fbpx

Melanie Basta and the Philosopher’s Book

Friday, 20 March, 2015

Behold, fellow Farragoers, a place in the literary landscape many of us try to avoid: the vomit-inducing, faraway land where we deserted our fourteen-year-old selves long ago. I present to you, Young Adult (YA) fiction. Cue booing and unparalleled displays of confusion and anger.

This year, I will show you the one little spot on the ravaged road of YA fiction where a select few blades of grass grow ever so fervently. As we meander down the road you will hopefully find yourselves questioning the inherent notoriety of the very landscape itself. But don’t think you’re off the hook entirely: your tween obsession with Twilight will never be okay.

The first blade of grass I want to share with you is Laurinda by Alice Pung, which is her debut into YA fiction. Although it really doesn’t need to be pigeonholed: it’s a wake-up call to class divisions, racial stereotyping and feminist issues in Australia today.

The protagonist Lucy Lam is withdrawn as she observes the conniving power plays from ‘the Cabinet’ – a group of the three most influential, bratty students at her school, Laurinda. A serious classroom incident puts Lucy in a compromised position: should she act on her conscience and dismantle the unfair power structure or become another bystander?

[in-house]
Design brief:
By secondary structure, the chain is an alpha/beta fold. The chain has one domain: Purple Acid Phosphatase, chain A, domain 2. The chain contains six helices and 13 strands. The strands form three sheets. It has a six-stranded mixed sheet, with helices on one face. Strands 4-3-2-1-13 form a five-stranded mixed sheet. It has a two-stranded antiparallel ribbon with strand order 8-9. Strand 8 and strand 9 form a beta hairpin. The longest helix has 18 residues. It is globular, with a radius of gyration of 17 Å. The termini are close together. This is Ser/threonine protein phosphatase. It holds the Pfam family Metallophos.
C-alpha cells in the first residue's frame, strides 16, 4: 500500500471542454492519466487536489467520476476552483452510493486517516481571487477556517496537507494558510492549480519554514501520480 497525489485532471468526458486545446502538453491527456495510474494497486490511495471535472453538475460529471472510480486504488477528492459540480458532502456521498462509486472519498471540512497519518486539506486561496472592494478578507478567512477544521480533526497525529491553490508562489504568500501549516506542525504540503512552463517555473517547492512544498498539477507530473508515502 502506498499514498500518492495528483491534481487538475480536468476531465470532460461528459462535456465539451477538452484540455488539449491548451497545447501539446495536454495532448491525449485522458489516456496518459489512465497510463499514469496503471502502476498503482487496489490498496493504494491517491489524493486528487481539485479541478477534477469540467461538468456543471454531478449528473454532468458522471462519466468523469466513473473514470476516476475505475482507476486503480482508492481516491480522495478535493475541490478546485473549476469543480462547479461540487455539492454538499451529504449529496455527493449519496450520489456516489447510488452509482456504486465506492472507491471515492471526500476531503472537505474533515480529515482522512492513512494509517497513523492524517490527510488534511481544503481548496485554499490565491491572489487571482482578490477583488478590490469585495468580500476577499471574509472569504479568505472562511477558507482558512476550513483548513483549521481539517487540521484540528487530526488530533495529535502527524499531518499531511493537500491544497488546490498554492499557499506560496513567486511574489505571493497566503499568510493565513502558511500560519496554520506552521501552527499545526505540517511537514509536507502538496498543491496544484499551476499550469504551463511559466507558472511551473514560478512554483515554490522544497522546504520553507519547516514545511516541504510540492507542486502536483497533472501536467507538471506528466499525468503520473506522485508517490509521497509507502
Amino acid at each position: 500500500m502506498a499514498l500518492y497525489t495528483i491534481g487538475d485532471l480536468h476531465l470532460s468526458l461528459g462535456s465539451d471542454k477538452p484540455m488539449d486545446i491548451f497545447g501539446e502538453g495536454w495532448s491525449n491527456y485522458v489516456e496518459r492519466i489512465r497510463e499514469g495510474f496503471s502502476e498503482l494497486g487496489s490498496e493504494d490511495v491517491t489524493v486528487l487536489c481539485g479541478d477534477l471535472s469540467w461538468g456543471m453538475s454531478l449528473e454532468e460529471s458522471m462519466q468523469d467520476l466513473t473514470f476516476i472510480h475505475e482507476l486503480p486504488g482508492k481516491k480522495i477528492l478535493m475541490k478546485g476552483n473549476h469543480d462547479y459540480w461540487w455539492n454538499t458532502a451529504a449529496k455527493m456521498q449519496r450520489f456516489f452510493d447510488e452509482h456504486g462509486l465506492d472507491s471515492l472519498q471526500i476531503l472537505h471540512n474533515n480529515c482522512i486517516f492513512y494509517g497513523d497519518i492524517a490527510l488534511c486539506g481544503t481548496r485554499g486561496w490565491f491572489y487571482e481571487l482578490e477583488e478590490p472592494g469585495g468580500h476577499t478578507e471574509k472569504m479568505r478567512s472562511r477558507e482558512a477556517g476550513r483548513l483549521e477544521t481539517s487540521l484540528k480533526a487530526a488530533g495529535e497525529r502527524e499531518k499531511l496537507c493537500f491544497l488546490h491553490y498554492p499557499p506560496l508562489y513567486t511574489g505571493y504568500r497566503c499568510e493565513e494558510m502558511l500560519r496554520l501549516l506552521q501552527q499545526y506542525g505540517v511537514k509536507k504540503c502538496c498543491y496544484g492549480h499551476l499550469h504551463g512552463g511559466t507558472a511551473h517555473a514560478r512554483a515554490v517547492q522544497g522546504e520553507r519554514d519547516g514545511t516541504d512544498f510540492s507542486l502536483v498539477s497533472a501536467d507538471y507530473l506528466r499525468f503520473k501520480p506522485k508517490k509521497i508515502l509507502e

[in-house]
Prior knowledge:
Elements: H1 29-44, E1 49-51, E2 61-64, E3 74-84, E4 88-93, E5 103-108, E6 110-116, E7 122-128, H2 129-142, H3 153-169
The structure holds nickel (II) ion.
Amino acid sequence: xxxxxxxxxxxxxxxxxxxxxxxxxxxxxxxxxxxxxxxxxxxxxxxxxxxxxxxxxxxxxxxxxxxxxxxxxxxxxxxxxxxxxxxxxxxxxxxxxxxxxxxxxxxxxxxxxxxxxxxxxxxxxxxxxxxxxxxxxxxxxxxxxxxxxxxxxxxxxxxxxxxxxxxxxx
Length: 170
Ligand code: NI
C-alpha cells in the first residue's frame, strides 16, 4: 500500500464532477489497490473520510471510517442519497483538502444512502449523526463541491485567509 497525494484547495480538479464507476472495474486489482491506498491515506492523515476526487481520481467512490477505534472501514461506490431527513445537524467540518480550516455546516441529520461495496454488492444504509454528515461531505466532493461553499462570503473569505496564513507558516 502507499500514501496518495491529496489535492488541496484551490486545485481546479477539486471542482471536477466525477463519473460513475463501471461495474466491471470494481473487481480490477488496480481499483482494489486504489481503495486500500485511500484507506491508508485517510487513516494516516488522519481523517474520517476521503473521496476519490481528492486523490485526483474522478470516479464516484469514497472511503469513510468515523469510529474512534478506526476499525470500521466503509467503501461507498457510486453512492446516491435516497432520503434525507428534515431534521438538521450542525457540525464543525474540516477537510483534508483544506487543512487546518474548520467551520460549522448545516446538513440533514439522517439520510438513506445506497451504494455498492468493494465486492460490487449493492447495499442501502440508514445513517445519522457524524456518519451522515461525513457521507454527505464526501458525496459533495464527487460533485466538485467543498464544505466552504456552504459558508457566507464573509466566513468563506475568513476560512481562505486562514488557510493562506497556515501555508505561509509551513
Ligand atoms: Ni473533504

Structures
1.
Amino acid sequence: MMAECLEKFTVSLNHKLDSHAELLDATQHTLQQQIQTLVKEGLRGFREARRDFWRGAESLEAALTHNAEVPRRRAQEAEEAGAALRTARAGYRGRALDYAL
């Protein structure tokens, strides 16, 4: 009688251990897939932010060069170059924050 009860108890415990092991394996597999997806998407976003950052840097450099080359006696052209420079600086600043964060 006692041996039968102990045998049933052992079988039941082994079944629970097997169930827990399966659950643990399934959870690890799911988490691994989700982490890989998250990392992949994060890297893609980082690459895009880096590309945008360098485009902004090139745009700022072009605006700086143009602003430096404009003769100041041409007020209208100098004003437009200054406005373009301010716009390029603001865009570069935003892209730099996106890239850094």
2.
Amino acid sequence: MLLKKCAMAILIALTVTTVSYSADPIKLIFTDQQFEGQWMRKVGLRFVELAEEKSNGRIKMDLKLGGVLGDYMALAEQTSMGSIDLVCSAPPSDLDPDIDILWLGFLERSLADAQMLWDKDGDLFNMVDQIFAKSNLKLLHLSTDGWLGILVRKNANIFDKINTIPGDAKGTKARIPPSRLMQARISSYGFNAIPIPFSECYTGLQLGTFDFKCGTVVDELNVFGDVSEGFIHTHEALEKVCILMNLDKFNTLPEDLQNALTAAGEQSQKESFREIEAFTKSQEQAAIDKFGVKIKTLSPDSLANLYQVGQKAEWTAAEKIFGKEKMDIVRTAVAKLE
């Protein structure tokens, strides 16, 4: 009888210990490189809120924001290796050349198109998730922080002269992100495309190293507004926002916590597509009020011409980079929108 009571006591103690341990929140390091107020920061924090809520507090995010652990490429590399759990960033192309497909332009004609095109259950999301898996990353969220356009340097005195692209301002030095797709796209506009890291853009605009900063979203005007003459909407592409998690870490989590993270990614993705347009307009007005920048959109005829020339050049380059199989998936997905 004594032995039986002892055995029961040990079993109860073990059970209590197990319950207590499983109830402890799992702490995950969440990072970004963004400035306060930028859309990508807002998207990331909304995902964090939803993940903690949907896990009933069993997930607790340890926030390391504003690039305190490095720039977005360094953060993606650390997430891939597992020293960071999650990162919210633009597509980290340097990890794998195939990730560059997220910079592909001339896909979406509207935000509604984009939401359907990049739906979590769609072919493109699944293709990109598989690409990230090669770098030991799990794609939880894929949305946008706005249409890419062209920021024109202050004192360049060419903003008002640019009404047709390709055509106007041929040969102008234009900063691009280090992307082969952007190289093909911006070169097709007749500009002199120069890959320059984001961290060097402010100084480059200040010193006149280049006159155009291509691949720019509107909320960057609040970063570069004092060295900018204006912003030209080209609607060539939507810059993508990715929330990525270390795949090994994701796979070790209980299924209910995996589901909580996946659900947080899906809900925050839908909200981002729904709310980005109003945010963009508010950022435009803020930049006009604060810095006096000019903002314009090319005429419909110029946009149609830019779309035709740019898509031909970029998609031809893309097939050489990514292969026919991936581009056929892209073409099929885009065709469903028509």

Being a YA book, there has to be a love interest, right? Well, yes and no. Lucy develops a crush in the novel, but Pung decides not to focus on the possibility of boyfriends in Laurinda. The boy drifts into Lucy’s life, floats in the background and then drifts away. For once, a female protagonist can breathe without the incessant worry of “does he like me?” Or, “if I don’t shave my legs will I be too gross to be loved?” And, “how much should I douse myself in chemically laden Impulse body spray?” Pung steps up on the literary ladder and shows the reader that an intimate relationship is not a prerequisite for a good story.

Lucy is a highly believable leading lady. Laurinda shows that a girl can be quiet and withdrawn sometimes and not have anything wrong with her. How many times have you seen or read a Babysitters’ Sisterhood of the Travelling BFF Pants? They’re not as realistic as Laurinda. Lucy is often aloof, standoffish, and gives a somewhat tacky speech at the Year Ten valedictory dinner, but she still manages to kick some figurative arse and dismantle the Cabinet by telling them to fuck off, amongst other decorous remarks. Pung shows us that a strong, female protagonist does not need to fight to death in an arena to have merit.

Laurinda is a work of fiction that lays the foundation for more books of its kind to come. It does not belittle teenagers; it speaks to everyone and showcases a dynamic female protagonist. As Pung aptly quotes Kurt Vonnegut before the prologue: “life is nothing but high school”. No matter your gender, no matter your private bits, Laurinda is for you.